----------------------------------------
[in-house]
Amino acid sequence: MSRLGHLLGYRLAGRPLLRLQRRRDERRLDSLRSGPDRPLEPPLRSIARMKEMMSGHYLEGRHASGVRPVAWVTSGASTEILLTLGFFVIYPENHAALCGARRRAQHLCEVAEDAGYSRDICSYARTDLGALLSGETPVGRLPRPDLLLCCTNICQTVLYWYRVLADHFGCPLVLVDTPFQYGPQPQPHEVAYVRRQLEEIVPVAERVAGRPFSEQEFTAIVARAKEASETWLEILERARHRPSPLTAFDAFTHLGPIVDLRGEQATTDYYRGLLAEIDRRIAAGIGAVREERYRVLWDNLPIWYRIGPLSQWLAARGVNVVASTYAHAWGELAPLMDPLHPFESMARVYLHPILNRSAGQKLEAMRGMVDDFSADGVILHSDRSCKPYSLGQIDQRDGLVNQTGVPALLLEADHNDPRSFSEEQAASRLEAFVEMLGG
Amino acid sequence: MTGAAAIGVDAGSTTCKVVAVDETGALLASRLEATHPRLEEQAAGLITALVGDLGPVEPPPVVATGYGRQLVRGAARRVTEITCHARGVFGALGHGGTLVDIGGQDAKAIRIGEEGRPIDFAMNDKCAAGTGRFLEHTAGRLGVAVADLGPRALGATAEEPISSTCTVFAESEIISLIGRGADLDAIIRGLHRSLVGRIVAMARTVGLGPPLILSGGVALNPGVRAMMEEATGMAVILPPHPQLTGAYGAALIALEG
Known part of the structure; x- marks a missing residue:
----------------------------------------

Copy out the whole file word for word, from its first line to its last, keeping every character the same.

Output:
[in-house]
Amino acid sequence: MSRLGHLLGYRLAGRPLLRLQRRRDERRLDSLRSGPDRPLEPPLRSIARMKEMMSGHYLEGRHASGVRPVAWVTSGASTEILLTLGFFVIYPENHAALCGARRRAQHLCEVAEDAGYSRDICSYARTDLGALLSGETPVGRLPRPDLLLCCTNICQTVLYWYRVLADHFGCPLVLVDTPFQYGPQPQPHEVAYVRRQLEEIVPVAERVAGRPFSEQEFTAIVARAKEASETWLEILERARHRPSPLTAFDAFTHLGPIVDLRGEQATTDYYRGLLAEIDRRIAAGIGAVREERYRVLWDNLPIWYRIGPLSQWLAARGVNVVASTYAHAWGELAPLMDPLHPFESMARVYLHPILNRSAGQKLEAMRGMVDDFSADGVILHSDRSCKPYSLGQIDQRDGLVNQTGVPALLLEADHNDPRSFSEEQAASRLEAFVEMLGG
Amino acid sequence: MTGAAAIGVDAGSTTCKVVAVDETGALLASRLEATHPRLEEQAAGLITALVGDLGPVEPPPVVATGYGRQLVRGAARRVTEITCHARGVFGALGHGGTLVDIGGQDAKAIRIGEEGRPIDFAMNDKCAAGTGRFLEHTAGRLGVAVADLGPRALGATAEEPISSTCTVFAESEIISLIGRGADLDAIIRGLHRSLVGRIVAMARTVGLGPPLILSGGVALNPGVRAMMEEATGMAVILPPHPQLTGAYGAALIALEG
Known part of the structure; x- marks a missing residue: